Also of interest to me was the introduction by Frederick Law Olmsted, who was, among other things, the man who created Central Park in New York City. He makes very pointed remarks about the hypocrisy and moral ugliness of slavery. Perhaps the most striking passage for me was the following one. It may be an entirely, or partially, fabricated, but it has power because it's entirely plausible. The last phrase ties in with the first sentence and neatly sums up the point: terror was the order of the day. Any appearance of safety and of obedience from the enslaved people was only a product of well-founded and constantly-cultivated fear:

But, ‘Planters sleep unguarded, and with their bedroom doors open.’ . . . 
It is but a few months since, in Georgia, or Alabama, a man treated another precisely as Mr. Brooks treated Mr. Sumner, coming up behind him, with the fury of a madman, and felling him with a bludgeon*; killing him by the first blow, however, and then discharging vengeance by repeated strokes on his senseless body. The man thus pitifully abused had been the master of the other, a remarkably confiding and merciful master, it was said—too much so; “it never does to be too slack with a nigger.” By such indiscretion [i.e. being too lax] he brought his death upon him. But did his assassin escape? He was roasted, at a slow fire, on the spot of the murder, in the presence of many thousand slaves driven [from their homes] to the ground from all the adjoining counties, and when, at length, his life went out, the fire was intensified until his body was in ashes, which were scattered to the winds and trampled under foot. Then “magistrates and clergymen” addressed appropriate warnings to the assembled subjects.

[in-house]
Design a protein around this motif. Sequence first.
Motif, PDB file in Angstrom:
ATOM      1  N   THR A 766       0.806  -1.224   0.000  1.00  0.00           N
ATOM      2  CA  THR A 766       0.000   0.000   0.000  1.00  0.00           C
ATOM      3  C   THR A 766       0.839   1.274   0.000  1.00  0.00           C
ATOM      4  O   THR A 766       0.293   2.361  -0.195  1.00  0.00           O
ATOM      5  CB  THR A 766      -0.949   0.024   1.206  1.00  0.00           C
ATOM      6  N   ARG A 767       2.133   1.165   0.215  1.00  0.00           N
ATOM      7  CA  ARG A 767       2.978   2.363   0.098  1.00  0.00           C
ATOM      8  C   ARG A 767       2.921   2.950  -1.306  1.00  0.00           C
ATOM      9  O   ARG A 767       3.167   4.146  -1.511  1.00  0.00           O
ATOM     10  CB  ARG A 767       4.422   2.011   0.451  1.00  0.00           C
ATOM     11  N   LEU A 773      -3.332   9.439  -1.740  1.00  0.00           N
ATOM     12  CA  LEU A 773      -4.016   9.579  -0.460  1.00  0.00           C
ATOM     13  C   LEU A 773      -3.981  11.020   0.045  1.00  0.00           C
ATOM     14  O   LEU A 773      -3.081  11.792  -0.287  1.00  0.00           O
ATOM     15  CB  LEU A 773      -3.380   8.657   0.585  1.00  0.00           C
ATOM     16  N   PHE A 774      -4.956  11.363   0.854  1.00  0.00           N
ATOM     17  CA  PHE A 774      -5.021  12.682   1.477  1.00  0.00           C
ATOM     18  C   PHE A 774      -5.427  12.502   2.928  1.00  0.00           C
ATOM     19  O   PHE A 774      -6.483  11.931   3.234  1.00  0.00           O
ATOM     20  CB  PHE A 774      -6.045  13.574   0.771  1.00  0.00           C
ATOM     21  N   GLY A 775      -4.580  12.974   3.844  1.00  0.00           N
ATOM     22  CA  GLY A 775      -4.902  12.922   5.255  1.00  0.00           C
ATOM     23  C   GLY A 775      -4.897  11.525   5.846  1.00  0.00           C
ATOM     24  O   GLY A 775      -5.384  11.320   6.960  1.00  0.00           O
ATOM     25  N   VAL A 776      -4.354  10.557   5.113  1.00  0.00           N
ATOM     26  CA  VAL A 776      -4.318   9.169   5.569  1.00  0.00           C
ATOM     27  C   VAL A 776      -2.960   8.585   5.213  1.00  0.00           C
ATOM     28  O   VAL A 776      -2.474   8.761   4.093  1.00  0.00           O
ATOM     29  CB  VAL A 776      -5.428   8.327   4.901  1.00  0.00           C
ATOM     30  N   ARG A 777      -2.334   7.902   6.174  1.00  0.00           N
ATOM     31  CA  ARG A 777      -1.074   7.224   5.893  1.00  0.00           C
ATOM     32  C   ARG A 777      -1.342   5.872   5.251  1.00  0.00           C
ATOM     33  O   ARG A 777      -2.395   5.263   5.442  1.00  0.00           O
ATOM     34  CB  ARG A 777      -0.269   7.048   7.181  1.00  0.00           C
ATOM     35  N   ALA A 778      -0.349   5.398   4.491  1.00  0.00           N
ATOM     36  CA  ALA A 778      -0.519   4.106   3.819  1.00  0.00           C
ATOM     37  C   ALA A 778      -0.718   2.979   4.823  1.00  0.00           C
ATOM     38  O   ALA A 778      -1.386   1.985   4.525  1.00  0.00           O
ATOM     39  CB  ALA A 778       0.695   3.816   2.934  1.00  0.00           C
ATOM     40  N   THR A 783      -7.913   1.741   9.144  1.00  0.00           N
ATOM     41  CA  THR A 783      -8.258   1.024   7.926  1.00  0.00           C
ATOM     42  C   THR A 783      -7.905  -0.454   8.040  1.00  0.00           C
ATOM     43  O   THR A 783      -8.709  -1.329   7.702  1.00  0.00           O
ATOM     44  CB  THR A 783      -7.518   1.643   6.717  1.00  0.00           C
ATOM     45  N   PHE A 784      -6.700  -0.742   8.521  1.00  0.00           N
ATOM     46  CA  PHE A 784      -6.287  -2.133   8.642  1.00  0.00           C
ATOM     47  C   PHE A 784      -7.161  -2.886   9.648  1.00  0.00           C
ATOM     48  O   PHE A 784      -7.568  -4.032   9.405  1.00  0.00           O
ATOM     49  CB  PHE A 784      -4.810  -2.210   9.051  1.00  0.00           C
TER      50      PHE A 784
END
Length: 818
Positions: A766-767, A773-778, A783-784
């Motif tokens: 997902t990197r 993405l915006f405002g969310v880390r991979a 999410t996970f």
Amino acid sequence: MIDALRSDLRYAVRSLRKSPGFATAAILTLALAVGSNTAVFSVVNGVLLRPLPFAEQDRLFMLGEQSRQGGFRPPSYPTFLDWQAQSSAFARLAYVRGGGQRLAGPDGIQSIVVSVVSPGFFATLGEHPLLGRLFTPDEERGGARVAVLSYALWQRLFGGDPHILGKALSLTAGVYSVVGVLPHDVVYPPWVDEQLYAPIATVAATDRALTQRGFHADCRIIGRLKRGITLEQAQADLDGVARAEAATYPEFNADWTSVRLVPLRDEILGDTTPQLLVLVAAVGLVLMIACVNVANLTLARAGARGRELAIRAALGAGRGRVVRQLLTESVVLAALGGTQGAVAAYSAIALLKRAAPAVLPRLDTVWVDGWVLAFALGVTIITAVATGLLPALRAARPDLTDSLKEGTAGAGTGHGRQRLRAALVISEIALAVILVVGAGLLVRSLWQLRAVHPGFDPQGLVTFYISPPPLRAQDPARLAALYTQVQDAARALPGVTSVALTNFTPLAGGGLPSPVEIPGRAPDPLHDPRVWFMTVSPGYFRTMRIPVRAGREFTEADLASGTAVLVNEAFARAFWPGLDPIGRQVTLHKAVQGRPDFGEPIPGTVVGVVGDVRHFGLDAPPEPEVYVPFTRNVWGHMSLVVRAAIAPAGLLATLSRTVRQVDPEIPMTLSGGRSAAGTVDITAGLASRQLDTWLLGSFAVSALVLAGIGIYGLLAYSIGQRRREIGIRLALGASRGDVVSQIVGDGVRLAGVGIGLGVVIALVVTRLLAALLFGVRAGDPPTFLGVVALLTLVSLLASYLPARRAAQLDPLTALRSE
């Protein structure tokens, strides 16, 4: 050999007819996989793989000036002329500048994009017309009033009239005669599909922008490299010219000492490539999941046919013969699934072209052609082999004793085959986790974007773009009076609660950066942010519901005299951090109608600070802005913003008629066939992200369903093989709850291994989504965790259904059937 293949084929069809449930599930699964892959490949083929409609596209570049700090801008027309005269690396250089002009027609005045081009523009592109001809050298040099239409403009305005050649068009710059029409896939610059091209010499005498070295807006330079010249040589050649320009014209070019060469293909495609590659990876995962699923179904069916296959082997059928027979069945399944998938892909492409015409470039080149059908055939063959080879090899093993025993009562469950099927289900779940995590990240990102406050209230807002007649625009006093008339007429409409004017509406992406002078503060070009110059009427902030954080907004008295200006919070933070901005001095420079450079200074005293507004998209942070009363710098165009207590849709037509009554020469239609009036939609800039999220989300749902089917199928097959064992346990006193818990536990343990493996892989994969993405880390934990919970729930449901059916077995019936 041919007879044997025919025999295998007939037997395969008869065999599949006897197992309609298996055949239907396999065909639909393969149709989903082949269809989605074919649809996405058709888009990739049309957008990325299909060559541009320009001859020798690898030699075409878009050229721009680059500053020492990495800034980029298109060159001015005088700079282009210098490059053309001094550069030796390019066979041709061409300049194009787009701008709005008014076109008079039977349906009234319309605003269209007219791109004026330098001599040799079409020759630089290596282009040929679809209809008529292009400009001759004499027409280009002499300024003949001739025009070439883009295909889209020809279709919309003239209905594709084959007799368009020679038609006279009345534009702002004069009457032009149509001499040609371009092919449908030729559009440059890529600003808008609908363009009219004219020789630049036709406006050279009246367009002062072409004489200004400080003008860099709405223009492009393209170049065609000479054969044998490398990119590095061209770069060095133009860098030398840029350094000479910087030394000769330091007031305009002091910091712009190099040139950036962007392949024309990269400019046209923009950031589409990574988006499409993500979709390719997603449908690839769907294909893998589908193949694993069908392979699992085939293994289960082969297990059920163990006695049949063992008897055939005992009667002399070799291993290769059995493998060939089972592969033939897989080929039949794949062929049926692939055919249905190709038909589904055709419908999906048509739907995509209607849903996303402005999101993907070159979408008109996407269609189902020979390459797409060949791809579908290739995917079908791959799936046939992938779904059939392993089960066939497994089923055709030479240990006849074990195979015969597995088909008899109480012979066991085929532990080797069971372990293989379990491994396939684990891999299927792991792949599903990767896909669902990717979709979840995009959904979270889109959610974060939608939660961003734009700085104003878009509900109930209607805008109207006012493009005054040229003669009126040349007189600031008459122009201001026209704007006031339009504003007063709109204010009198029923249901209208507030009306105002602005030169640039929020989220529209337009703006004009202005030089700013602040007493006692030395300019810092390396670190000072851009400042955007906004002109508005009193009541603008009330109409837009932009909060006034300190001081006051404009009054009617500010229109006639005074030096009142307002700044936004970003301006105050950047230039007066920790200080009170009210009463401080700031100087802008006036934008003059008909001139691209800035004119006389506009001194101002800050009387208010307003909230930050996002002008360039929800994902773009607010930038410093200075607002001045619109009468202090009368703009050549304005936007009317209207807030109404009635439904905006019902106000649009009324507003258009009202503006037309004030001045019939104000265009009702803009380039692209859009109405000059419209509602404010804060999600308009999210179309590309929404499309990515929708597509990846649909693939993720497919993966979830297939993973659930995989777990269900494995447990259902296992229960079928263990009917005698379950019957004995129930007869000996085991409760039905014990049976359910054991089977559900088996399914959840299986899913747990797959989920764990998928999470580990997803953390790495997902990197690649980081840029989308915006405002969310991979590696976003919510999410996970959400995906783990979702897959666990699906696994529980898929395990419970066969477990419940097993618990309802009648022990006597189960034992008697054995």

It was no indiscretion to leave doors open again that night.

 *Famously, Mr. Brooks, a Southerner, attacked Senator Charles Sumner on the Senate floor, beating him senseless. Brooks felt that Sumner had insulted his family in a speech Sumner gave about the slavery question. Sumner was famously anti-slavery.

Friday, February 16, 2018

. . . And How Aly Raisman Informed My Writing

Unless you have been living under a rock, you will almost certainly be aware of the upheaval that has been taking place in USA Gymnastics. Just in case you aren't aware, former team doctor Larry Nassar pleaded guilty to sexually abusing well over a hundred and fifty young women and girls, all of it under the guise of "medical treatment." He worked with the national team for decades, and so many of the gymnasts I have known and loved were among those who came forward publicly as victims: Alexandra Raisman, Gabrielle Douglas, Jordyn Weiber, Simone Biles, Jamie Dantzscher and many, many others. These facts were in the news; the story was getting a lot of coverge. But what really gave this story its power (and got the attention of newspapers and the evening news) was the sentencing phase. Part of the sentencing phase was the "victim statements". Since Nassar had already pleaded guilty, the only question was how much time he would serve for his crimes (hint: a very long time). Originally, something like 80 young women were going to make statements. However, as things got underway, there were more and more of these young women (I don't like the terms "victim" or "survivor", really; "victim" seems to take away any sense of power, and "survivor" makes the thing they went through sound passive or internal, like cancer). Over 160 women and girls ended up telling their stories.

"Little girls don't stay little forever. They grow into strong women that return to destroy your world." --Kyle Stephens

I'm not the only one who was moved. People from all over the world were blown away by these young women's stories and the power with which the stories were told. Their words were put on banners for women's marches and repeated all across social media. Their words became soundbites. There stories were everywhere.